The Missouri October Power Surge, East End Edition
The Royals won the ALCS with a total run margin of plus-six—which tied the Yankees (1950 World Series) and Chicago White Sox (2005 World Series) for the smallest such differential from a four-game sweep in postseason history.

Is it a 747 or 40,000 People?
Deadspin caught hold of a video of someone filming the sights and, more importantly, the sounds outside of Kauffman Stadium when the final out of ALCS Game Four was clinched.

The Silver (Bird) Lining
Now that the Orioles’ season is done, outfielder Adam Jones can now go to the place he earlier called his favorite to go to in Baltimore: The airport, where he’ll fly to his offseason home in San Diego.

Err Disaster
Randy Choate’s wild throw on a sacrifice bunt from the Giants’ Gregor Blanco in the bottom of the tenth—which brought home the winning run for San Francisco in its 5-4, 10-inning win in NLCS Game Three—was the first time since 1969 and the third time ever that an error ended a postseason game.

Hitting it a Wong, Wong Way
The Cardinals’ Kolten Wong had seven hits in eight postseason games—all for extra bases. Among the knocks were three doubles, a triple and three home runs—including a walk-off shot to give the Cardinals their lone NLCS win in Game Two.

You Better Swing, Because It’s Likely Going to be Called a Strike
We’ve been talking about the epidemic of strikeouts that continually resets the record books on an annual basis; there were more K’s than ever this year, the Cleveland Indians set a major league team mark for strikeouts in a year and the Cubs were called out on strikes 300 times in a single month (August).

But the baseball web site Hardball Times is telling us that the players are not wholly responsible for the problem. The umpires are to blame as well, and as evidence of that the site produced a startling infographic that shows that, over the last five years, the strike zone has grown three inches lower; the width has actually shrunk, but nowhere as fast as it has grown vertically.

MLB might want to take note of what outsiders are plainly discovering and do something about it. Umpires continue to take a rogue-like approach in establishing their own interpretations of the strike zone; unless it wants to see more players walking slowly back to the dugout with their heads drooped low, this isn’t going to get any better anytime soon.

Thank You, Mr. Roberts
Brian Roberts announced his retirement this week after struggling once again with sub-standard play when healthy enough to take the field. A two-time all-star at second base, Roberts was one of the few bright spots in the Baltimore Orioles’ recent dark times, averaging 100 runs, 46 doubles and 35 steals over six full-time years with the Orioles from 2004-09. It’s possible that he got help in fueling that production; after being named in baseball’s Mitchell Report on steroid use, he confessed that he shot up—once. A series of concussions starting in 2010 severely curtailed his output through the end of his career, averaging barely 50 games a year through his final five seasons.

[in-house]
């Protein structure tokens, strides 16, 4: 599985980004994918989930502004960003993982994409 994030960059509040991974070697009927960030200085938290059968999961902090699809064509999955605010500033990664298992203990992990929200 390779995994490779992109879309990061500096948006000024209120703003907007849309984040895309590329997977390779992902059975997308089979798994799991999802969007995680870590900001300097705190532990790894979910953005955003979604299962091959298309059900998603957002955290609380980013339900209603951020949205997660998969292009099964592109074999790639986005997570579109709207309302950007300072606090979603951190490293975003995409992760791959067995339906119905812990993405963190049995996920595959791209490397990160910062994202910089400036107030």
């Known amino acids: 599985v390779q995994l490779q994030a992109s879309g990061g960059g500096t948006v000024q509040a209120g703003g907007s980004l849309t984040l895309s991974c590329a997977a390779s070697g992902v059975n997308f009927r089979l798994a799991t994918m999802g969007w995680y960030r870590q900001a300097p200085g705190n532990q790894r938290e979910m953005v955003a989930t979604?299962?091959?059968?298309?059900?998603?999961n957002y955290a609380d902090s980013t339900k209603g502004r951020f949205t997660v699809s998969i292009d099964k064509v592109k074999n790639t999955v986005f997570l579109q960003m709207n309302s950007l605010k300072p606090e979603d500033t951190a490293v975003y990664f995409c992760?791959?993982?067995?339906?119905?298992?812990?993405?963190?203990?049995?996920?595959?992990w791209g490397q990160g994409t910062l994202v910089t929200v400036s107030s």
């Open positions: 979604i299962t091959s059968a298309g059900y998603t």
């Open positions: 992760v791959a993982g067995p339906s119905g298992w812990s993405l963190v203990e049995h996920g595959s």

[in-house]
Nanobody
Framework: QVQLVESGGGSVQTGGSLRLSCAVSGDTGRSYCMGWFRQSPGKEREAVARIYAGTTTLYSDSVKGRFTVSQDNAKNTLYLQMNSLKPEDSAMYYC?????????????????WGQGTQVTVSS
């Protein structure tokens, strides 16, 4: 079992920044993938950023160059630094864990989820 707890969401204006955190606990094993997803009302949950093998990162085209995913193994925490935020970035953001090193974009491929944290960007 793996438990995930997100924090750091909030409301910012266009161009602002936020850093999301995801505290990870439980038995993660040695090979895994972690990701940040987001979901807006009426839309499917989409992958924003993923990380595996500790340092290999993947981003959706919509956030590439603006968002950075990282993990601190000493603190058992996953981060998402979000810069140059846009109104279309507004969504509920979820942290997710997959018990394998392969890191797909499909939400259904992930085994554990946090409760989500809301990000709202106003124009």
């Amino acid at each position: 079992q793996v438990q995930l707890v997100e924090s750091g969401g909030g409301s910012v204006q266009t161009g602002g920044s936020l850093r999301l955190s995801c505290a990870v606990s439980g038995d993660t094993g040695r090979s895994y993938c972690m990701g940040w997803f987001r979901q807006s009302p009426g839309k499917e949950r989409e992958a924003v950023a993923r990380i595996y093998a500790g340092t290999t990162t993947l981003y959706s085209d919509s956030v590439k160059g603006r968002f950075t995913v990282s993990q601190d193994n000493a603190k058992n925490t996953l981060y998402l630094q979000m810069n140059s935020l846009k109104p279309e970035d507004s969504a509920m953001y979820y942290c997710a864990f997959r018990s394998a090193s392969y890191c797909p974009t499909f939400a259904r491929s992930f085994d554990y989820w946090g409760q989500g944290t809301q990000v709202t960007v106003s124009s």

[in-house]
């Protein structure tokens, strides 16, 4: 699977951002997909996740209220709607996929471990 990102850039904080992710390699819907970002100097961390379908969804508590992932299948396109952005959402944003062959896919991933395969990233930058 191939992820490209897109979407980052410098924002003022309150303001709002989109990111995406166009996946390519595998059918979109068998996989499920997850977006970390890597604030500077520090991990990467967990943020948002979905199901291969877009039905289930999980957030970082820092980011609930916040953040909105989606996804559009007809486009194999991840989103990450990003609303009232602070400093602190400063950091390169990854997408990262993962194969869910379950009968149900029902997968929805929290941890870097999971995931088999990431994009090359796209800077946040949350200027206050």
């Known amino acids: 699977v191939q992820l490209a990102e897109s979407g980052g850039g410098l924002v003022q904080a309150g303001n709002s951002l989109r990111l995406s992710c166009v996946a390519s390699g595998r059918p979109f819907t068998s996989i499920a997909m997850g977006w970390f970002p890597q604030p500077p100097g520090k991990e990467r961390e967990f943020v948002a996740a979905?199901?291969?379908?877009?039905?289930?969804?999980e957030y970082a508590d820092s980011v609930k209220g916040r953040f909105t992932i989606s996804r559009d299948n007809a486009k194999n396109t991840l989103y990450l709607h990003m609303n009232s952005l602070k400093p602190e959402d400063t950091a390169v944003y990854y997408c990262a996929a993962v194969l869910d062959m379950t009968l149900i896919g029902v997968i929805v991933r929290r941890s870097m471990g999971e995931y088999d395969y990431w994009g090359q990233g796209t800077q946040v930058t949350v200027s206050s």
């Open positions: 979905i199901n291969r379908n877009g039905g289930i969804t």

A Real Citi Move For a Real Citi Team
The decsion by the New York Mets to move in the Citi Field fences three years back apparently wasn’t enough. The team has announced that they’ll be bringing in the walls even frther for 2015, with the primary focus on right and right-center—currently a respective 375 and 390 feet from home plate.

The shrinkage comes after the Mets finished dead last in the majors in home batting average at .224, with 59 homers—but opponents batted .247 (which ranked 18th) while smacking 72 dingers. So maybe the problem for the Mets, who’ve never played well at Citi Field—they’re 143-181 there over the last four years while playing.500 on the road—isn’t the field dimensions; maybe it’s just the players.

Hopefully He’ll be Asleep During Surgery
Boston first baseman Mike Napoli, whose production tailed off in 2014 with a .248 average and 17 homers due to numerous injuries everywhere on his body, has decided that his biggest medical issue is a lack of sleep—so he’s undergoing surgery in early November to rid him of sleep apnea. “I’ve tried numerous things and none of them worked,” Napoli told WEEI.com. “Dental mouth piece, CPAP machine, medicines…it’s just gotten to the point where I have to get (surgery) done.”

Its Great Stuff, If You Can Find It
Game Two of the NLCS—which went right to the wire and resulted in a walk-off victory for the Cardinals—drew a quarter of the audience that watched a NBC Sunday Night Football snoozer between the Philadelphia Eagles and New York Giants (a 27-0 Eagles victory). This is what happens when you bury a baseball postseason game on a cable channel (FS1) that didn’t even exist a little over a year ago.